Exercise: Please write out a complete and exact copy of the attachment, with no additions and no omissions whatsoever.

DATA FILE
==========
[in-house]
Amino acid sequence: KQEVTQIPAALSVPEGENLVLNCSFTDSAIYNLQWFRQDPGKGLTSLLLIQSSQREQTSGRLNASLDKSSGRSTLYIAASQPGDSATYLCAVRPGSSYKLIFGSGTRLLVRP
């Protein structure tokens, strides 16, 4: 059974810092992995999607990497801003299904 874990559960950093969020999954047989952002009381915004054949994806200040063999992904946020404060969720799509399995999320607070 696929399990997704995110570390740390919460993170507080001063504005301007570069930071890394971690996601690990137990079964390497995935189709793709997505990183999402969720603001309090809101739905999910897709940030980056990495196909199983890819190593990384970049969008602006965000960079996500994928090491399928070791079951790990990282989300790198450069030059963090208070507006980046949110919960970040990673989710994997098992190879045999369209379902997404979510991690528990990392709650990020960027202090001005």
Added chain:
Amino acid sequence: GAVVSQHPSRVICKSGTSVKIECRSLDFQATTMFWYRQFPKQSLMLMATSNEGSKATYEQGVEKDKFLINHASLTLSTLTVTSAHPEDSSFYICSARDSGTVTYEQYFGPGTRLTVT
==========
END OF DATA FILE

[in-house]
Amino acid sequence: KQEVTQIPAALSVPEGENLVLNCSFTDSAIYNLQWFRQDPGKGLTSLLLIQSSQREQTSGRLNASLDKSSGRSTLYIAASQPGDSATYLCAVRPGSSYKLIFGSGTRLLVRP
């Protein structure tokens, strides 16, 4: 059974810092992995999607990497801003299904 874990559960950093969020999954047989952002009381915004054949994806200040063999992904946020404060969720799509399995999320607070 696929399990997704995110570390740390919460993170507080001063504005301007570069930071890394971690996601690990137990079964390497995935189709793709997505990183999402969720603001309090809101739905999910897709940030980056990495196909199983890819190593990384970049969008602006965000960079996500994928090491399928070791079951790990990282989300790198450069030059963090208070507006980046949110919960970040990673989710994997098992190879045999369209379902997404979510991690528990990392709650990020960027202090001005």
Added chain:
Amino acid sequence: GAVVSQHPSRVICKSGTSVKIECRSLDFQATTMFWYRQFPKQSLMLMATSNEGSKATYEQGVEKDKFLINHASLTLSTLTVTSAHPEDSSFYICSARDSGTVTYEQYFGPGTRLTVT